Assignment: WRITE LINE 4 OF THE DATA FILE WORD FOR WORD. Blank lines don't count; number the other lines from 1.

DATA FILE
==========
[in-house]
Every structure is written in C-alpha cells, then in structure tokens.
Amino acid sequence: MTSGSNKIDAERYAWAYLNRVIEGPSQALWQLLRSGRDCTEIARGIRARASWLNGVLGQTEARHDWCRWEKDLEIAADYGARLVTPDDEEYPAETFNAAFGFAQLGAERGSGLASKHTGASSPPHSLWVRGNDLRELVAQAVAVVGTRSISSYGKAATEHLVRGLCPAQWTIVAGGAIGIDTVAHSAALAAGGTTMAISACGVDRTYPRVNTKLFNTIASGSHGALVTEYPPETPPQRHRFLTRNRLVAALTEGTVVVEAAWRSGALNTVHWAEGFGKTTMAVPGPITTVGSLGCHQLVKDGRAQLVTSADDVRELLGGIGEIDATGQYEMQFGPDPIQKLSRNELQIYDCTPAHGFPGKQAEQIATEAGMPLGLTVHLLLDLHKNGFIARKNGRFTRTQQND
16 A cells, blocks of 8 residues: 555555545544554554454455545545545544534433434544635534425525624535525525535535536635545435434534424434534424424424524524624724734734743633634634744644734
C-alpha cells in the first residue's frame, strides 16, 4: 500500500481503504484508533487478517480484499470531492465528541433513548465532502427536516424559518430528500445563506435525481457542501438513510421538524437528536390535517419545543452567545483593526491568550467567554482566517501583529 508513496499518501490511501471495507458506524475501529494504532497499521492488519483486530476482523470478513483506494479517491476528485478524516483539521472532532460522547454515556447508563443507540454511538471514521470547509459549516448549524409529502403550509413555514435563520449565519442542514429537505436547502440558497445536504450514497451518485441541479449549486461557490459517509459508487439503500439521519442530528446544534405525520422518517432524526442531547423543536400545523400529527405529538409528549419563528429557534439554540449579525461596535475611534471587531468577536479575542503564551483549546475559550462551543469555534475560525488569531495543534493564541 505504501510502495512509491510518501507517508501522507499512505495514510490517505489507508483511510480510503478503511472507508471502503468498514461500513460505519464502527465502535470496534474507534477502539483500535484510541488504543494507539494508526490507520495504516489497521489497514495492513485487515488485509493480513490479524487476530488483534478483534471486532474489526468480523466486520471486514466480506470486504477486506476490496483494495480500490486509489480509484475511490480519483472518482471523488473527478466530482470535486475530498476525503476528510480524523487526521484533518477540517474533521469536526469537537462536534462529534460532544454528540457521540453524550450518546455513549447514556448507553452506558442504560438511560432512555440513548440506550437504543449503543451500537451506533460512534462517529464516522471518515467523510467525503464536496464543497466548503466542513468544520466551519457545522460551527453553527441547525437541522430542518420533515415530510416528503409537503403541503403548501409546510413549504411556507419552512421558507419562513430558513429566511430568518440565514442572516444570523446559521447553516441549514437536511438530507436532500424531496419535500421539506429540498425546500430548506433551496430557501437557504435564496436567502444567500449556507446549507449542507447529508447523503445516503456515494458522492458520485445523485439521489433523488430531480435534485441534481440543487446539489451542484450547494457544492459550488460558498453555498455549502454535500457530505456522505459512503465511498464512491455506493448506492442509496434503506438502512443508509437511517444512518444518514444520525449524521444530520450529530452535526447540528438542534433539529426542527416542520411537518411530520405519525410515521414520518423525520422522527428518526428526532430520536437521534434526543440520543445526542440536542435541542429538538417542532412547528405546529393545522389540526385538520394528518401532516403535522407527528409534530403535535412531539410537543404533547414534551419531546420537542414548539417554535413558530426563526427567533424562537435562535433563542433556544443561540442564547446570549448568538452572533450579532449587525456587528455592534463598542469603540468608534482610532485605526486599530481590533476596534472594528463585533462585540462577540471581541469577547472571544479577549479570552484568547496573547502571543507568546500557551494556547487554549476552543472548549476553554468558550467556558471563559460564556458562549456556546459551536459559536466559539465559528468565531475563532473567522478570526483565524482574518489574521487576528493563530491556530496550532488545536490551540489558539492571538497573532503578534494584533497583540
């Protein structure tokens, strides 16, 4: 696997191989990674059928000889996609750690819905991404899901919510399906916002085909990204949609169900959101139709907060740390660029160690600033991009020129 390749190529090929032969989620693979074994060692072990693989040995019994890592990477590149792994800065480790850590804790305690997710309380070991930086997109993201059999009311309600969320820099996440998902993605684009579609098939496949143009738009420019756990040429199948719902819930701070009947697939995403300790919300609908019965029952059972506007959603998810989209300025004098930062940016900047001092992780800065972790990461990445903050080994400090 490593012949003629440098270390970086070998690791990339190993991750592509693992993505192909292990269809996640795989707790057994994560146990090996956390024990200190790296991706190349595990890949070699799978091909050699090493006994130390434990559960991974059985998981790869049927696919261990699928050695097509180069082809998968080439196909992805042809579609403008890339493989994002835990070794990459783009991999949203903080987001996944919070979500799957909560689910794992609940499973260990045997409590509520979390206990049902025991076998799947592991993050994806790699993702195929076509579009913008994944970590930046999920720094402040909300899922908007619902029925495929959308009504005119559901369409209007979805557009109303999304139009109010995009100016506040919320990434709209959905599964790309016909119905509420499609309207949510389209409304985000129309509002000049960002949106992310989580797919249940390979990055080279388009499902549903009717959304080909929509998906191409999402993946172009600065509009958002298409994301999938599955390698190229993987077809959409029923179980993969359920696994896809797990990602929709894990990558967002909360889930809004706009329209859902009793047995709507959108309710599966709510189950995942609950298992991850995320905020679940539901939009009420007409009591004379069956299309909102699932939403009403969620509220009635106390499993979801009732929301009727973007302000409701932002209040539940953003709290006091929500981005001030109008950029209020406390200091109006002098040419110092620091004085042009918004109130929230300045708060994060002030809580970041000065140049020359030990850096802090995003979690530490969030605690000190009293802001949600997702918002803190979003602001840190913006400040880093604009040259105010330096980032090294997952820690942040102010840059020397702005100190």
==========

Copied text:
16 A cells, blocks of 8 residues: 555555545544554554454455545545545544534433434544635534425525624535525525535535536635545435434534424434534424424424524524624724734734743633634634744644734